Tradition is a name shared by two different Wild Turkey expressions released several years apart.  Tradition from the late 1990’s is a non-aged-stated export-only KSBW offering which I reviewed back in 2016.  2009’s Tradition is a 14-year KSBW limited edition released both domestically and internationally. While the bottles and packaging for these two Traditions are quite distinct from one another, it can be a little confusing to the Turkey novice.  Wild Turkey has done this on more than one occasion, with two additional examples being Kentucky Legend and Tribute. As with Tradition, each shares its name with a separate and uniquely different release. In all cases, Google is your research bestie, and of course, I’m always here to lend a hand.

Today I’m reviewing Wild Turkey Tradition, the domestic and international Master Distiller Selection from 2009.  The first thing that commands one’s attention is the presentation. Wow – this is one solid (and heavy) package!  Tradition’s box is composed of two pieces – a dark wood box which fastens via button-toggle latches to a golden metallic base.  Once opened the bottle is revealed, which sits recessed into the felt-lined base interior. The bottle on its own is all business.  Aside from the elegant script and design one would expect from any LE release, the glass is fused to a hefty engraved bronze base.  Those familiar with Wild Turkey Diamond Anniversary will recognize the glass’ shape (sans bronze base) and metal stopper, though Diamond’s overall visual appeal pales in comparison to Tradition’s.  It’s a true Class-A presentation that makes the most recent Wild Turkey LE releases, save for maybe Russell’s Reserve 1998, seem almost cheap in comparison.

Unlike the last few Wild Turkey special releases, there’s not much of a story to Tradition.  According to its press release, Tradition “celebrates the history of the Wild Turkey Distillery and the traditions held dear by the people of Kentucky.”  The same could be said for practically any ultra-premium Wild Turkey release, but very nice nonetheless. If Campari had left it at that I’d be satisfied – but no – someone in the marketing department had to take it to near-cringe level … “aged for 14 years in new, white oak barrels with the heaviest (and most expensive) level of char.”  So, basically you’re paying more for some wood that cooked a few seconds longer.  Ah, but who am I? Not a cooper. Maybe there’s some justification in char level (I don’t think there is), but passing it on to the consumer with that wording is just silly.  The presentation is stunning and it’s a mature age-stated KSBW. I think that works just fine without a story. Anyhow, on to the tasting!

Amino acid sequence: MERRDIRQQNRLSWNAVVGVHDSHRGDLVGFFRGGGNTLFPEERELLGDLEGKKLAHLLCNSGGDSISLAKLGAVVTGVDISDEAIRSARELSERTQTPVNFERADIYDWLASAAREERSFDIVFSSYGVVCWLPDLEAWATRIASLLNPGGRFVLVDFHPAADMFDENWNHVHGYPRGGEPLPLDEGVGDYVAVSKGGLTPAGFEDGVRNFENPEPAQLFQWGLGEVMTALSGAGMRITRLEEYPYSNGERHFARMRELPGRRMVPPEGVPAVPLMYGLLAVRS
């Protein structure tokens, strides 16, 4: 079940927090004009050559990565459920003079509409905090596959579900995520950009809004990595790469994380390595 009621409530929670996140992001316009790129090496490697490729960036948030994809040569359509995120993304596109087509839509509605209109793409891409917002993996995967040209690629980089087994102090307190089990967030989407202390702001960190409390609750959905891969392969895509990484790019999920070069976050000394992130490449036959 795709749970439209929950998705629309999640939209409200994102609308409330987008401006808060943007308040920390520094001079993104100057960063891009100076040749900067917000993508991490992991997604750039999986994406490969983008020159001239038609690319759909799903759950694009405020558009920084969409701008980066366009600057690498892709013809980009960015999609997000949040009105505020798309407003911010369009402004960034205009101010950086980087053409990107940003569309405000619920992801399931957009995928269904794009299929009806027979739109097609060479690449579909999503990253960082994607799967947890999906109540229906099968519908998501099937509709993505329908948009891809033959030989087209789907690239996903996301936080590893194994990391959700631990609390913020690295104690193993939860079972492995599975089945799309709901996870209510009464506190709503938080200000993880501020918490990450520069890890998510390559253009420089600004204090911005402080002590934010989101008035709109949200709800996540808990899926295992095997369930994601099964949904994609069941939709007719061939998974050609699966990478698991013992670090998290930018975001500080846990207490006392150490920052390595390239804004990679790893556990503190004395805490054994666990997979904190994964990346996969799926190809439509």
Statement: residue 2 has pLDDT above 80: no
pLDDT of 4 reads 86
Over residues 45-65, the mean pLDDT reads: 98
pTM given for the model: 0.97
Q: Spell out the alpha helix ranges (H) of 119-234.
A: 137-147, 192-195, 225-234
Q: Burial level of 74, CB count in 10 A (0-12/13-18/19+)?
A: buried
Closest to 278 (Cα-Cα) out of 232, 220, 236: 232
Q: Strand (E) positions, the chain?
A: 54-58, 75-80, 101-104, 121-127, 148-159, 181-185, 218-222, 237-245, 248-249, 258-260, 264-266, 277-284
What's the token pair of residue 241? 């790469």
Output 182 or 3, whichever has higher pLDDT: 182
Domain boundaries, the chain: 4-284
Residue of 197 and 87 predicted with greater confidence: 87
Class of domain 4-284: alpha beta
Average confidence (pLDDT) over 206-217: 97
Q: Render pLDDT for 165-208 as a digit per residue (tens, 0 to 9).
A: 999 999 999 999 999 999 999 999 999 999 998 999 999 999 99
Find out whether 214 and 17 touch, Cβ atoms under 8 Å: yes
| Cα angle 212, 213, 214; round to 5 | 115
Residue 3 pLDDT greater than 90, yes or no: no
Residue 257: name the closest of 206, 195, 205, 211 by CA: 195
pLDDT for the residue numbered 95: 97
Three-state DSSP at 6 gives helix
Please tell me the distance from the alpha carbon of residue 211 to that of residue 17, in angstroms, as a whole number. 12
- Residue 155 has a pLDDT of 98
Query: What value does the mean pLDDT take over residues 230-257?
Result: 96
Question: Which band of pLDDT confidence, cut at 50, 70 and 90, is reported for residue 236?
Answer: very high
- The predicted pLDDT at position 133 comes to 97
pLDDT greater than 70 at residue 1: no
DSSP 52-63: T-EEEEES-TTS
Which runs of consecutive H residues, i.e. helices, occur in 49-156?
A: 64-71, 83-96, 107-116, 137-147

Wild Turkey Tradition, Master Distiller Selection (2009) – 101-proof KSBW – aged 14 years – distilled by the Austin, Nichols Distilling Co., Lawrenceburg, KY (30,000 bottles total)

Tasted neat in a Glencairn after a few minutes rest …

Color:  rosy copper

Nose:  (well-aged classic WT) rich honey-maple, funky & musty oak, vanilla bean, brown sugar, cream cheese frosting, nutmeg, cinnamon, herbal & floral spice, orange peel, hints of clove tobacco

Taste:  (oily mouthfeel) creamy vanilla, honey-maple, fruity/funky oak, chewy caramel, cherry, orange peel, cinnamon, nutmeg, faint leather

Finish:  long in flavor w/ lingering spice – rich vanilla, honey-maple, cinnamon, nutmeg, pepper, leather, hints of ripe citrus

Overall:  Well, there’s certainly a lot to love about Tradition.  At 101 proof and 14 years of age, this bourbon showcases the classic Wild Turkey profile like a champ.  And even though it was distilled well before the first barrel entry proof change in 2004, I wouldn’t necessarily call it dusty – at least not in the profile sense.  Sure, one could argue there are some dusty notes settled within this bourbon, but in my opinion Tradition is more of a mature representation of the classic WT profile.  It’s undeniably honey-maple and musty oak forward, yet appropriately balanced with herbal and floral spice. There’s also notable balance between its sweeter notes, such as orange peel and cherry, and its drier notes like pepper and leather on the finish.  Stated simply, Tradition is a complex and well-aged pour, though if I had to be critical I’d argue it lacks a bit of intensity.

It’s hard to review a whiskey without comparing it to others – particularly those in similar categories.  After all, the mind works by association and what better way to express how a whiskey tastes then to draw comparisons to another?  In the case of Wild Turkey Tradition, it has a helluva swing but I wouldn’t call it a homerun.  Perhaps its profile is best described as a slightly diluted version of 2006’s 14-year Master Distiller Selection (107 proof).  At similar ages and released only three years apart, they may very well be close in origin. As for how Tradition falls in line with more recent LE releases, I’d say it’s a step above Diamond Anniversary and no less than on-par with Master’s Keep Decades.  Tradition and Decades may not share the same profile, but their quality is near equivalent.

In closing, if you’re considering acquiring Wild Turkey Tradition through secondary outlets I’d recommend sampling it first.  Don’t get me wrong – it’s fantastic and I’ve rated it accordingly – but with Decades still easily found at retail (often on sale), I’m not sure the price some folks are asking for Tradition is worth it.  Sure, it’s an excellent top-quality Wild Turkey expression, but so are several other past releases in its value range. So find a friend or a well-stocked bar and get to sampling. There’s so much Turkey out there to love – you shouldn’t have to invest a fortune to find your favorite.

Rating:  4.5/5 🦃